1. Xhaka scotches Gunner talk
Heavily tipped to be on his way to Arsenal
in the summer, outstanding Borussia Mönchengladbach captain and central midfielder Granit Xhaka
thought it high time this week to set the record straight. “I’ve heard what’s being said and written and my response is that it’s all nonsense,” the 23-year-old Swiss international told top Cologne daily, Express. “There have been no negotiations with Arsene Wenger. It’s just rumours and speculation and it’s been like that for a year now. If some claim that my father has been to London for talks, they should show us the photos.” In an interview with the Funke Sport media group, Gladbach director of sport, Max Eberl, insisted there were no offers for his skipper on the table, though did admit that if the Foals did not make the Champions League cut in May, his skipper’sdeparture could not be ruled out. Xhaka, also linked with Manchester City, Liverpool and Bayern Munich, will cost a pretty penny. He has over three years of his contract left to run at Gladbach and the latter are demanding around 50 million euros for him. Not the sort of gargantuan outlay usually associated with the frugal Monsieur Wenger.
2. Ribery: the forgotten man pipes up
Bayern Munich’s 1-0 win over struggling Eintracht Frankfurt at the Allianz-Arena on Saturday might not have offered much in the way of edge-of-the-seat uncertainty or tension. But at least had one show-stopping moment in Franck Ribery’s brilliant scissor kick winner, only the Frenchman’s second strike in an injury-ravaged campaign. Written off in some quarters as yesterday’s man, the 32-year-old certainly did not cut the figure of a fading headliner against the Frankfurter, full of vitality,virtuosity, acceleration and dribbling skills. ” I haven’t scored many goals as good as that in my whole career,” smiled Ribery at the end of the game, his 201st Bundesliga fixture for Bayern. “It was a special goal and very positive for me mentally. I’m a happy man. I want to play here as long as I can. This club and me belong together.”
Franck Ribery celebrates after a brilliant scissor kick winner
3. Poles apart at the Audi-Sportpark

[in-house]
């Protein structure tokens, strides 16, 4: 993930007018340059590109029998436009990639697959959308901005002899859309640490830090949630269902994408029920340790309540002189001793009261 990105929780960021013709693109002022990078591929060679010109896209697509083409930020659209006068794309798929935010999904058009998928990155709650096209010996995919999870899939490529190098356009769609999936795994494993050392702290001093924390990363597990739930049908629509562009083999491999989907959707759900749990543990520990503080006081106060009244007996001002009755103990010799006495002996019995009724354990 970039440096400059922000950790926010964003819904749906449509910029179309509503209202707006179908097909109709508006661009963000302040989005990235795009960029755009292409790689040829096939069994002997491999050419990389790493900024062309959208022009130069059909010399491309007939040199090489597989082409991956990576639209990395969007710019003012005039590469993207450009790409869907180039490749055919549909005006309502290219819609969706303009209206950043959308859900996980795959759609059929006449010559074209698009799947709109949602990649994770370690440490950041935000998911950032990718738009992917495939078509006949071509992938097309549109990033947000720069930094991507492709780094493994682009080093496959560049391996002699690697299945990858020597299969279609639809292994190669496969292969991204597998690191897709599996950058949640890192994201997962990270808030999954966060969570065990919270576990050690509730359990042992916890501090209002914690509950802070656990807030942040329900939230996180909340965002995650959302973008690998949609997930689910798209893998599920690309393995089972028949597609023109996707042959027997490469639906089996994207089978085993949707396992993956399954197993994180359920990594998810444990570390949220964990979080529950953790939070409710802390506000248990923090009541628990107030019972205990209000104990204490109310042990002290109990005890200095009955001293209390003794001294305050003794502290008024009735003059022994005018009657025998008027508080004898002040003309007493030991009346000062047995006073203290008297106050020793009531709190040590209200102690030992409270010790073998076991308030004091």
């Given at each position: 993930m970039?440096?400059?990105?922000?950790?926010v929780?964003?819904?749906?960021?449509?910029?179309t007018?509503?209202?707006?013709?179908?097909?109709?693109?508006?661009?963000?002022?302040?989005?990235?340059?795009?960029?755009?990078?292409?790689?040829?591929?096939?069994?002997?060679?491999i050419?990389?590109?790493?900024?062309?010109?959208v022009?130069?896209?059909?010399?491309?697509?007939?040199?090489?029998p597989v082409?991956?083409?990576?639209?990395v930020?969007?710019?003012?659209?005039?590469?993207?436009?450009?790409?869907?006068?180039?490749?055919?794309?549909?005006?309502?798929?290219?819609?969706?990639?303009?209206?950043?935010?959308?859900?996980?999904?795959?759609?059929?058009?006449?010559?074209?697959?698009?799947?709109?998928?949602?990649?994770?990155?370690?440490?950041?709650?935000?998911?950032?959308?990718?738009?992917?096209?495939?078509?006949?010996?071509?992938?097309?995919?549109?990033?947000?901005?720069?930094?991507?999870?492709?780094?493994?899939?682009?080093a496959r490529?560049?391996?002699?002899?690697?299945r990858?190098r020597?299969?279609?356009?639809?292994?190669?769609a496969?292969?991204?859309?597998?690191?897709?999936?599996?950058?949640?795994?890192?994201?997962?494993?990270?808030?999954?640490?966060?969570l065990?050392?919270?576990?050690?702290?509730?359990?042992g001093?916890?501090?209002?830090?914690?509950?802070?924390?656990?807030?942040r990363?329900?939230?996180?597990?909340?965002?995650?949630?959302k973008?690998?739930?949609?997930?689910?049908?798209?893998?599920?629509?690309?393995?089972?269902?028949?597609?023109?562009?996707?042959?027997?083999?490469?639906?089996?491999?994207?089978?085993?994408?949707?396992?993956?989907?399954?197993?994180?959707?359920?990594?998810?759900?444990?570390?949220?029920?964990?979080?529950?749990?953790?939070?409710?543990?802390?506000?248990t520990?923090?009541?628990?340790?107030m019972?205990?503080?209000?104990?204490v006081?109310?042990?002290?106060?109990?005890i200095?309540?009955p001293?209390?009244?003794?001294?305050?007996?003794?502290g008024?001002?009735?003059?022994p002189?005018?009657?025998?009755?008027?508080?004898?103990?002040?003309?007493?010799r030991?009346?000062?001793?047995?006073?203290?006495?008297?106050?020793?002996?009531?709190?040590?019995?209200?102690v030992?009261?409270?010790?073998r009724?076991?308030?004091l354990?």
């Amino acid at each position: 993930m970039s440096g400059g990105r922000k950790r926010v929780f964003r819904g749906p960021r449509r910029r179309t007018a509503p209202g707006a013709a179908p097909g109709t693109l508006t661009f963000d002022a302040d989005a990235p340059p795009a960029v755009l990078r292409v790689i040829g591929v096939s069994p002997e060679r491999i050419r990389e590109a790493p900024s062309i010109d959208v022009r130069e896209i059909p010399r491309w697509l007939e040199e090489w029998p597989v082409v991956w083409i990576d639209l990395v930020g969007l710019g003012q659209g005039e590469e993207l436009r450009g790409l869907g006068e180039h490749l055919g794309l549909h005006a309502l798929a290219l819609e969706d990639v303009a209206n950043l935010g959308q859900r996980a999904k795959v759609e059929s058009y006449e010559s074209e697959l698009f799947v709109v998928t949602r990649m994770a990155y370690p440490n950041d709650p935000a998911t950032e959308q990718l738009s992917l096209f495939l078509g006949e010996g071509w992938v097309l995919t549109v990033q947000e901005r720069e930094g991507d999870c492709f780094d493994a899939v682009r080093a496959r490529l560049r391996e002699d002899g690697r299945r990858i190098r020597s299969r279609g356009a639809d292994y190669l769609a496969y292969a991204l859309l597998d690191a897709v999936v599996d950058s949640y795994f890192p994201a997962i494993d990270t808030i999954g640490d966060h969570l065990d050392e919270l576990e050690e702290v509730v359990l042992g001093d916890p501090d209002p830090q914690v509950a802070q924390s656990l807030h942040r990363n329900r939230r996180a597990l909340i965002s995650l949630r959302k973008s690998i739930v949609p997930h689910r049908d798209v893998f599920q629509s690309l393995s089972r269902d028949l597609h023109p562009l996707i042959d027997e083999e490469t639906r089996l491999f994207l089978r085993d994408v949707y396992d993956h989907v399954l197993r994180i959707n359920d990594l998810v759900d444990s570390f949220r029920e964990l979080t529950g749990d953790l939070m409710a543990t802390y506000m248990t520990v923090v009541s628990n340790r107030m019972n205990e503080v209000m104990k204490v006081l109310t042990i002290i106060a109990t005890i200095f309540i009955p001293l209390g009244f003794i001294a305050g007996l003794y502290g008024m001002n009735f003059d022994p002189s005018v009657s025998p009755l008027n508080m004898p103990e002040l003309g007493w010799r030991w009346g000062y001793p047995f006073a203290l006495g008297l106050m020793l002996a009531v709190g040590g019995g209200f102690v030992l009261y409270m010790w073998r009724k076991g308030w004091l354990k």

The scenes on the terraces following Ingolstadt’s 3-0 home victory over Schalke could not have produced a greater contrast in fan-base mood. Ecstasy for the local cognoscenti as top-flight survival was virtually if not mathematically assured. Vitriol, bitterness and invective, the language of choice of the visiting supporters, furious with their team’s chronic inconsistency and increasingly pessimistic about the Royal Blues chances of a top-four finish. With Gladbach, Leverkusen and Mainz all winning in the Bundesliga at the weekend, Schalke now find themselves on the skids in seventh-place in the table and for a squad so expensively assembled (worth around 80 million euros), that is unacceptable. Has coach Andre Breitenreiter improved them since taking over ten months ago? The answer has to be a resounding no.
4. Aubameyang’s understudy at last learns his lines
For a striker often labelled a flop during his two seasons with Dortmund and who was said to have clashed with coach Thomas Tuchel during a winter break training camp in Dubai, Adrian Ramos has been performing remarkably well of late. Normally the stunt double of star Schwarz-Gelben frontman, Pierre-Emerick Aubameyang, the 30-year-old the Colombian international has scored four Bundesliga goals in the past five week and proved the hero in Saturday’s 3-2 victory at the Westfalenstadion against a surprisingly tenacious Bremen, heading in a late winner just two minutes after coming on as a substitute. “He [Ramos] has given us the sort of reaction we were looking for,” said Dortmund CEO, Hans Joachim Watzke. “Looking at his recent displays, it seems he’s moved on to a new dimension.” Ramos, though, remains unhappy with his bit-part role and should be making tracks soon to China or even the Premier League.
Adrian Ramos celebrates after he scored the decisive goal during the German Bundesliga soccer match between Borussia Dortmund and Werder Bremen
5. Crime and punishment
Köln director of sport, Jörg Schmadtke, finds himself in the DFB disciplinary dock after being seen to throw chewing gum at the Hoffenheim bench towards the end of Sunday’s 1-1 draw. Furious that the build-up to the opposition’s injury-time equaliser had come about while Koln defender, Lukas Klunter was lying injured on the pitch and that the Hoffenheimer had not put the ball out of play, Schmadtke went into meltdown, spitting out the gum and hurling it in the direction of the home team staff. “Yes I threw it,” he admitted. It was a reaction. I’ve spoken to Hoffenheim general manager, Alexander Rosen and apologised. I’m sorry. ” The former Freiburg keeper, could be in for a stiff punishment, fined only in December for calling a referee an ‘Egghead’. Meanwhile, at rock bottom Hannover, the depths continue to be plumbed, the Lower Saxons deciding to fire coach Thomas Schaaf after just 11 matches in charge, ten of which were lost. Schaaf is a competent, attack-concious team-builder, but simply did not have the materials to build anything of worth. Hannover needed someone to turn water into wine. Schaaf’s a fine, attack-conscious coach. Not a miracle worker.